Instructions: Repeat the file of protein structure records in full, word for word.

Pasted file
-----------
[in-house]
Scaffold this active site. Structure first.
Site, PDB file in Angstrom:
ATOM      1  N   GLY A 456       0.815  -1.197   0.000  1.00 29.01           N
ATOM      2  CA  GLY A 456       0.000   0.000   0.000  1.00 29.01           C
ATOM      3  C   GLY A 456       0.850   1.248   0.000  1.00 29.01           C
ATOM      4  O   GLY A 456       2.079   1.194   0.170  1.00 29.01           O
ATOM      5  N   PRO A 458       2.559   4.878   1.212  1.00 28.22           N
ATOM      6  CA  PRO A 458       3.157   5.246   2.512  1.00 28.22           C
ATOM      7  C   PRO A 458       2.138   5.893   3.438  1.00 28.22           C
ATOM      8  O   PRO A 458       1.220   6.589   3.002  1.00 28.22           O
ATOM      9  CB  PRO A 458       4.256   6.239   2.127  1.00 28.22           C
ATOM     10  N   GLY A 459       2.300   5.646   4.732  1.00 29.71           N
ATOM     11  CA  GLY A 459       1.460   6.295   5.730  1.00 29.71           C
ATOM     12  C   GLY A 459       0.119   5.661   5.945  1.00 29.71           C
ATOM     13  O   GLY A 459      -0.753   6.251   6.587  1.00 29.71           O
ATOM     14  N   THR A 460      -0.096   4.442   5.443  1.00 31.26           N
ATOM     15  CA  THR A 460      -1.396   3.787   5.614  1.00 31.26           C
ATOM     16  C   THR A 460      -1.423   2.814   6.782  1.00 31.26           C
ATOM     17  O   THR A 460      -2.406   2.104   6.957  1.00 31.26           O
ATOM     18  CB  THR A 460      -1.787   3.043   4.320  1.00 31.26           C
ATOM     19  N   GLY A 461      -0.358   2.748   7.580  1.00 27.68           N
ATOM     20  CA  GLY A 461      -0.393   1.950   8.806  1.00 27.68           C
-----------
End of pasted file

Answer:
[in-house]
Scaffold this active site. Structure first.
Site, PDB file in Angstrom:
ATOM      1  N   GLY A 456       0.815  -1.197   0.000  1.00 29.01           N
ATOM      2  CA  GLY A 456       0.000   0.000   0.000  1.00 29.01           C
ATOM      3  C   GLY A 456       0.850   1.248   0.000  1.00 29.01           C
ATOM      4  O   GLY A 456       2.079   1.194   0.170  1.00 29.01           O
ATOM      5  N   PRO A 458       2.559   4.878   1.212  1.00 28.22           N
ATOM      6  CA  PRO A 458       3.157   5.246   2.512  1.00 28.22           C
ATOM      7  C   PRO A 458       2.138   5.893   3.438  1.00 28.22           C
ATOM      8  O   PRO A 458       1.220   6.589   3.002  1.00 28.22           O
ATOM      9  CB  PRO A 458       4.256   6.239   2.127  1.00 28.22           C
ATOM     10  N   GLY A 459       2.300   5.646   4.732  1.00 29.71           N
ATOM     11  CA  GLY A 459       1.460   6.295   5.730  1.00 29.71           C
ATOM     12  C   GLY A 459       0.119   5.661   5.945  1.00 29.71           C
ATOM     13  O   GLY A 459      -0.753   6.251   6.587  1.00 29.71           O
ATOM     14  N   THR A 460      -0.096   4.442   5.443  1.00 31.26           N
ATOM     15  CA  THR A 460      -1.396   3.787   5.614  1.00 31.26           C
ATOM     16  C   THR A 460      -1.423   2.814   6.782  1.00 31.26           C
ATOM     17  O   THR A 460      -2.406   2.104   6.957  1.00 31.26           O
ATOM     18  CB  THR A 460      -1.787   3.043   4.320  1.00 31.26           C
ATOM     19  N   GLY A 461      -0.358   2.748   7.580  1.00 27.68           N
ATOM     20  CA  GLY A 461      -0.393   1.950   8.806  1.00 27.68           C